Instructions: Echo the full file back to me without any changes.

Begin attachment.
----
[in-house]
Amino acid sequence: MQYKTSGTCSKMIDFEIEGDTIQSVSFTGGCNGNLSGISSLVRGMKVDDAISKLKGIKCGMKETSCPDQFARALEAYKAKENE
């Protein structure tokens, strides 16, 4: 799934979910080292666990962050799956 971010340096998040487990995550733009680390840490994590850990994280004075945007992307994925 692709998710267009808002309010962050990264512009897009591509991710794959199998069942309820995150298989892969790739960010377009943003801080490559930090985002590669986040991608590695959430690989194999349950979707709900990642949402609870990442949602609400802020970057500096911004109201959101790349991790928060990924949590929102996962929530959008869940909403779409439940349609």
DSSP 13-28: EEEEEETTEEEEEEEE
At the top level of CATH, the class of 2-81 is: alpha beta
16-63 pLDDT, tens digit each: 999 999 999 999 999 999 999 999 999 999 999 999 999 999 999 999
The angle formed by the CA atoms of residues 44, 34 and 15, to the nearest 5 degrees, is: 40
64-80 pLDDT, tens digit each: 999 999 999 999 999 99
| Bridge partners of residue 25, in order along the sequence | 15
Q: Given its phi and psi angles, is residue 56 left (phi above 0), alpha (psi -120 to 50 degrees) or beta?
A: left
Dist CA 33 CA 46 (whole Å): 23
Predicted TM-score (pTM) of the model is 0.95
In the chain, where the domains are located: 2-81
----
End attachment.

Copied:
[in-house]
Amino acid sequence: MQYKTSGTCSKMIDFEIEGDTIQSVSFTGGCNGNLSGISSLVRGMKVDDAISKLKGIKCGMKETSCPDQFARALEAYKAKENE
């Protein structure tokens, strides 16, 4: 799934979910080292666990962050799956 971010340096998040487990995550733009680390840490994590850990994280004075945007992307994925 692709998710267009808002309010962050990264512009897009591509991710794959199998069942309820995150298989892969790739960010377009943003801080490559930090985002590669986040991608590695959430690989194999349950979707709900990642949402609870990442949602609400802020970057500096911004109201959101790349991790928060990924949590929102996962929530959008869940909403779409439940349609």
DSSP 13-28: EEEEEETTEEEEEEEE
At the top level of CATH, the class of 2-81 is: alpha beta
16-63 pLDDT, tens digit each: 999 999 999 999 999 999 999 999 999 999 999 999 999 999 999 999
The angle formed by the CA atoms of residues 44, 34 and 15, to the nearest 5 degrees, is: 40
64-80 pLDDT, tens digit each: 999 999 999 999 999 99
| Bridge partners of residue 25, in order along the sequence | 15
Q: Given its phi and psi angles, is residue 56 left (phi above 0), alpha (psi -120 to 50 degrees) or beta?
A: left
Dist CA 33 CA 46 (whole Å): 23
Predicted TM-score (pTM) of the model is 0.95
In the chain, where the domains are located: 2-81